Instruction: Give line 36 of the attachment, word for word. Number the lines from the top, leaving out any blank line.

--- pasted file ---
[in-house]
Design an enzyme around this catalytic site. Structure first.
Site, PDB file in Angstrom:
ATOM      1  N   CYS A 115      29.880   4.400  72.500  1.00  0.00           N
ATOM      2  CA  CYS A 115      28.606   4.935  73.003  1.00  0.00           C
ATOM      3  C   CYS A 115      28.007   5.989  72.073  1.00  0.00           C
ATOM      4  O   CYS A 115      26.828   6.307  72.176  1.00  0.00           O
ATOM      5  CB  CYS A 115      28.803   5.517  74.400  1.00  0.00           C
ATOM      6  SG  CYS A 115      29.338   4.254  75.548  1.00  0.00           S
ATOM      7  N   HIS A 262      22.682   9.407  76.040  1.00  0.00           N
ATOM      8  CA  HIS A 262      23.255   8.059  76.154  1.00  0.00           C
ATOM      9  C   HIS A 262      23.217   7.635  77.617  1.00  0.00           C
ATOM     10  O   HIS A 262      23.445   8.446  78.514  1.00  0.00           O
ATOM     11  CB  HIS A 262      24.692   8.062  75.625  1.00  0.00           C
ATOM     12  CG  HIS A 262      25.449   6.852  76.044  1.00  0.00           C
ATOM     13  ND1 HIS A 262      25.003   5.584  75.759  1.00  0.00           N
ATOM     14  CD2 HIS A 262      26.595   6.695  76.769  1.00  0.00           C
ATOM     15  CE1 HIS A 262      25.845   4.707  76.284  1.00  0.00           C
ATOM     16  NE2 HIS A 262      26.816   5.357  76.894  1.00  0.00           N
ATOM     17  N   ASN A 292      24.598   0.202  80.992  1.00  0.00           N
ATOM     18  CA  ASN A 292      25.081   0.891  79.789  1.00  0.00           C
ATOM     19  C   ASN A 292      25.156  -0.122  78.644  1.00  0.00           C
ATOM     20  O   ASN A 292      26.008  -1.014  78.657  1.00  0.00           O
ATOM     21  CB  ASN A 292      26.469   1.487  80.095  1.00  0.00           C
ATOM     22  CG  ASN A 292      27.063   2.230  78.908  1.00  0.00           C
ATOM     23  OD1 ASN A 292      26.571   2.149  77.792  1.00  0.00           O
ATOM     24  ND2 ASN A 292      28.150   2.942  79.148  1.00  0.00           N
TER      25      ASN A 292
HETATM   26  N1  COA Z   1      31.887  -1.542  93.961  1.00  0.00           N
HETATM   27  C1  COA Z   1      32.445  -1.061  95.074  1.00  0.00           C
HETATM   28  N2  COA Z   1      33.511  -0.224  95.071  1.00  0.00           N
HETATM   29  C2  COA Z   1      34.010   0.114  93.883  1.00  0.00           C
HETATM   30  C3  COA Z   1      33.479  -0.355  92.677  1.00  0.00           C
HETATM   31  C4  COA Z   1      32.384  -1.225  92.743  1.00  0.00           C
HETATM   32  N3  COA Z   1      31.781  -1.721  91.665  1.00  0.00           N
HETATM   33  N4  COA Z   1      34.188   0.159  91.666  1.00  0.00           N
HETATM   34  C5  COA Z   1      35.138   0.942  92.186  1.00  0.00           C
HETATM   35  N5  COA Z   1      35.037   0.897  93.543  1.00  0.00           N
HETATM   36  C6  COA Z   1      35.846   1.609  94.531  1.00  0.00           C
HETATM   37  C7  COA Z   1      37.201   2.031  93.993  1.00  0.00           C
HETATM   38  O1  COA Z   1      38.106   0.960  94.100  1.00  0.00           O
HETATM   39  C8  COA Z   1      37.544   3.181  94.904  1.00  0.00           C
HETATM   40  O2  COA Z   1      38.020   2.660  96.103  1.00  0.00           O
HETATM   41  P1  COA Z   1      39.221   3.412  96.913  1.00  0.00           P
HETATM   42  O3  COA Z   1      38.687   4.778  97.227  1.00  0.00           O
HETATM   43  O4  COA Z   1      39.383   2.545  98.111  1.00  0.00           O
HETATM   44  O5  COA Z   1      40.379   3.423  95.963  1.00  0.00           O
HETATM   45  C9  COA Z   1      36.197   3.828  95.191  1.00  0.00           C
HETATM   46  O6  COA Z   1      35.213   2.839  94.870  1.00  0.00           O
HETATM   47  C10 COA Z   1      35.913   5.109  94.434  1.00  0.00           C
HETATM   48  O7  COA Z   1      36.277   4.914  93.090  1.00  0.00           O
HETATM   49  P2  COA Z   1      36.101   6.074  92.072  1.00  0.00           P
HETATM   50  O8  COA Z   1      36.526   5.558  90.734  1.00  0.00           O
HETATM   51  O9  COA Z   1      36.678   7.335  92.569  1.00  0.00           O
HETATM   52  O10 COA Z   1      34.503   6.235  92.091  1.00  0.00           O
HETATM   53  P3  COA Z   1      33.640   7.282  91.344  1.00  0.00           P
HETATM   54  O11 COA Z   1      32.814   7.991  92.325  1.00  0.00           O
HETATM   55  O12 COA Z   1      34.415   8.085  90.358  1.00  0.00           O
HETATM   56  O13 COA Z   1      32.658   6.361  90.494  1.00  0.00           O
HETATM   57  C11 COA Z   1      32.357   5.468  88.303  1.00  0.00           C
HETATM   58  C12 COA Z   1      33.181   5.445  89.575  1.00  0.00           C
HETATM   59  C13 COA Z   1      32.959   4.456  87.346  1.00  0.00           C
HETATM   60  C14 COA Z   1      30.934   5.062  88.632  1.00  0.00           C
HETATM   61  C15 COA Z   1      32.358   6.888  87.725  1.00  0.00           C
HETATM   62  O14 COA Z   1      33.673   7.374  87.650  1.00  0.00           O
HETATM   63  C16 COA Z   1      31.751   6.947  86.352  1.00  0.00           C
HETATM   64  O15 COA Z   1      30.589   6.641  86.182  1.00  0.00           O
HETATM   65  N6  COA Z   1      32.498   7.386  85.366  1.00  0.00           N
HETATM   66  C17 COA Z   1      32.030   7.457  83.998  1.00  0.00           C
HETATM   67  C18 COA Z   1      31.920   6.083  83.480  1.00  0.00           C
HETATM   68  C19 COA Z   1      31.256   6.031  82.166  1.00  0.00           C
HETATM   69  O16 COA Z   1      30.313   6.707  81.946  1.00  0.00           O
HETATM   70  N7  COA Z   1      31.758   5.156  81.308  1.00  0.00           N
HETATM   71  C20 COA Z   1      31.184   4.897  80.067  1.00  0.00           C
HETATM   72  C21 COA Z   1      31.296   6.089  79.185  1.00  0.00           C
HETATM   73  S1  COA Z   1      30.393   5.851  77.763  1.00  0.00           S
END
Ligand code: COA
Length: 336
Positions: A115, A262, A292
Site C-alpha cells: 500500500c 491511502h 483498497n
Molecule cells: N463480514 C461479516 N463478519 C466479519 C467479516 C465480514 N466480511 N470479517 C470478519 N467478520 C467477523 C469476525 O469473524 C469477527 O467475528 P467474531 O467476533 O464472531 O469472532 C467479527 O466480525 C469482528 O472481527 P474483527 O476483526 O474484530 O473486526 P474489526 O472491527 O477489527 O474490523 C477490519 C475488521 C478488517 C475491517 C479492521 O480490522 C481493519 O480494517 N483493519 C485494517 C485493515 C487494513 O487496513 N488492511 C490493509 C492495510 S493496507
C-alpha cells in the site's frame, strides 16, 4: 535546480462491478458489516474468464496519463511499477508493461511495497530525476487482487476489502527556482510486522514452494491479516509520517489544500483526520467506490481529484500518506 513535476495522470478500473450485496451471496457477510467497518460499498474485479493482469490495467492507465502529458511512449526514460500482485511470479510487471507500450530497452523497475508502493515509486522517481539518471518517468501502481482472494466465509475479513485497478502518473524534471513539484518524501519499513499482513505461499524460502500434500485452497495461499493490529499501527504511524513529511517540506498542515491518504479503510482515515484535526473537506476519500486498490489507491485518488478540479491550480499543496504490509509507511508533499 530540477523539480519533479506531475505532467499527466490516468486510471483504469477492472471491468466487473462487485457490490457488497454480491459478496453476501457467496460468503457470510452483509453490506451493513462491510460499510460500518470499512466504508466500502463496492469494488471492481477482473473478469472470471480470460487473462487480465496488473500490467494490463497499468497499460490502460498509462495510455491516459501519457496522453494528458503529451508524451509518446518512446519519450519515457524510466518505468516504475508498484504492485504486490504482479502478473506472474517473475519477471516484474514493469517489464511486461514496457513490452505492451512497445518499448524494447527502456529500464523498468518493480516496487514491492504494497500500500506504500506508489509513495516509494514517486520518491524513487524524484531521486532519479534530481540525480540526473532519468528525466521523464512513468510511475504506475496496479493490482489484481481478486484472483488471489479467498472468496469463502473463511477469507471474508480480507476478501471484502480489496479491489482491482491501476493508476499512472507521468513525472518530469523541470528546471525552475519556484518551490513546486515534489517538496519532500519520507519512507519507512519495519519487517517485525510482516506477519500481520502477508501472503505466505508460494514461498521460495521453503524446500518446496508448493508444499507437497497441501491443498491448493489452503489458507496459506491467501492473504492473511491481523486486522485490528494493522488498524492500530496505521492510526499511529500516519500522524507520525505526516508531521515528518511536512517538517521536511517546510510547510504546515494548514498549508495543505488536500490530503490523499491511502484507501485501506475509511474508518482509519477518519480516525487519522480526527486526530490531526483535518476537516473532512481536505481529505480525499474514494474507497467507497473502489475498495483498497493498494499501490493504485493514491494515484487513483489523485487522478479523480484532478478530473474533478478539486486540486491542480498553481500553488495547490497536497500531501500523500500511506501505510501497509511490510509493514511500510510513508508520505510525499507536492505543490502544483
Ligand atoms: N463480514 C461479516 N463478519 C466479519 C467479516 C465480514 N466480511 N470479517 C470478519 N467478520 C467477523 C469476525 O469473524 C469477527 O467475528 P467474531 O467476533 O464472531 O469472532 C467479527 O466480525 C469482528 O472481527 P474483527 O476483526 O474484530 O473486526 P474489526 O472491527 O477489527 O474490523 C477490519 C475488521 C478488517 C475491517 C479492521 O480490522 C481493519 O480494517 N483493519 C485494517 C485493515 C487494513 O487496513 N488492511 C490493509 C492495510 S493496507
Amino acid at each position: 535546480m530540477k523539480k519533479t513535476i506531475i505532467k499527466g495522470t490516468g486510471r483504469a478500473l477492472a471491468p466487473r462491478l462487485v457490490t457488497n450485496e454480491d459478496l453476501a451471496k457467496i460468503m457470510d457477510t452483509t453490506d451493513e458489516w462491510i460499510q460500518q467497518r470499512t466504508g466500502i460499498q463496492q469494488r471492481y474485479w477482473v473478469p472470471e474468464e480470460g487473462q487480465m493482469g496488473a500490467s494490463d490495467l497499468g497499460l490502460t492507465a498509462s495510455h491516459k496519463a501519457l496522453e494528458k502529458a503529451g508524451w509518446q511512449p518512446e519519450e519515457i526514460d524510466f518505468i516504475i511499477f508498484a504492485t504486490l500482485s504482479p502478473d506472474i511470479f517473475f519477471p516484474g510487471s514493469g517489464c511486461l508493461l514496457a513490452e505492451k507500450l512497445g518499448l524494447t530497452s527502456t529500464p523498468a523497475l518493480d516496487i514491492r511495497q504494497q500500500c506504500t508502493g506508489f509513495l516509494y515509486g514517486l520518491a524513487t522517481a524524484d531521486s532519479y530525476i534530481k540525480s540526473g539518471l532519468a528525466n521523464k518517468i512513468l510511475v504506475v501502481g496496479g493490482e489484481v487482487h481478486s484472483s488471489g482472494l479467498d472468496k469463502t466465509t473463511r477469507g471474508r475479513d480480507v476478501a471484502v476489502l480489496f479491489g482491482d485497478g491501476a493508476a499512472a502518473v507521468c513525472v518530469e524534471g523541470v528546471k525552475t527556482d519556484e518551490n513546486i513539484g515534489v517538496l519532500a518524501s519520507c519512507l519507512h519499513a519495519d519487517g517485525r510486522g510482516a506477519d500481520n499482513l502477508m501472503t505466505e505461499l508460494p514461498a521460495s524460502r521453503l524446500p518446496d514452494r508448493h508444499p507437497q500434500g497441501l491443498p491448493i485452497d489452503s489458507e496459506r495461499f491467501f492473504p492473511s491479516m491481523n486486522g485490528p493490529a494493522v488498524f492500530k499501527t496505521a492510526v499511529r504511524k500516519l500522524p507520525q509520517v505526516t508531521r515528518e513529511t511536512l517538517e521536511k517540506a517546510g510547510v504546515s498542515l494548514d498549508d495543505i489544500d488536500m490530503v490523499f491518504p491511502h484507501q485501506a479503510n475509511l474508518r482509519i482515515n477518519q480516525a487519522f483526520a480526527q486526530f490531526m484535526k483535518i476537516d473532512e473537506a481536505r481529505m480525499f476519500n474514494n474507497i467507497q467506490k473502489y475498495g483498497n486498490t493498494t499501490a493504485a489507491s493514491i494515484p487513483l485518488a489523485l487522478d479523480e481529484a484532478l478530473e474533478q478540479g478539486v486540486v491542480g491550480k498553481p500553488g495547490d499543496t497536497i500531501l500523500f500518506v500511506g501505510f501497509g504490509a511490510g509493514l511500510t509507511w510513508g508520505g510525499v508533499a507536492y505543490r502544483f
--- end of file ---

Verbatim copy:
HETATM   33  N4  COA Z   1      34.188   0.159  91.666  1.00  0.00           N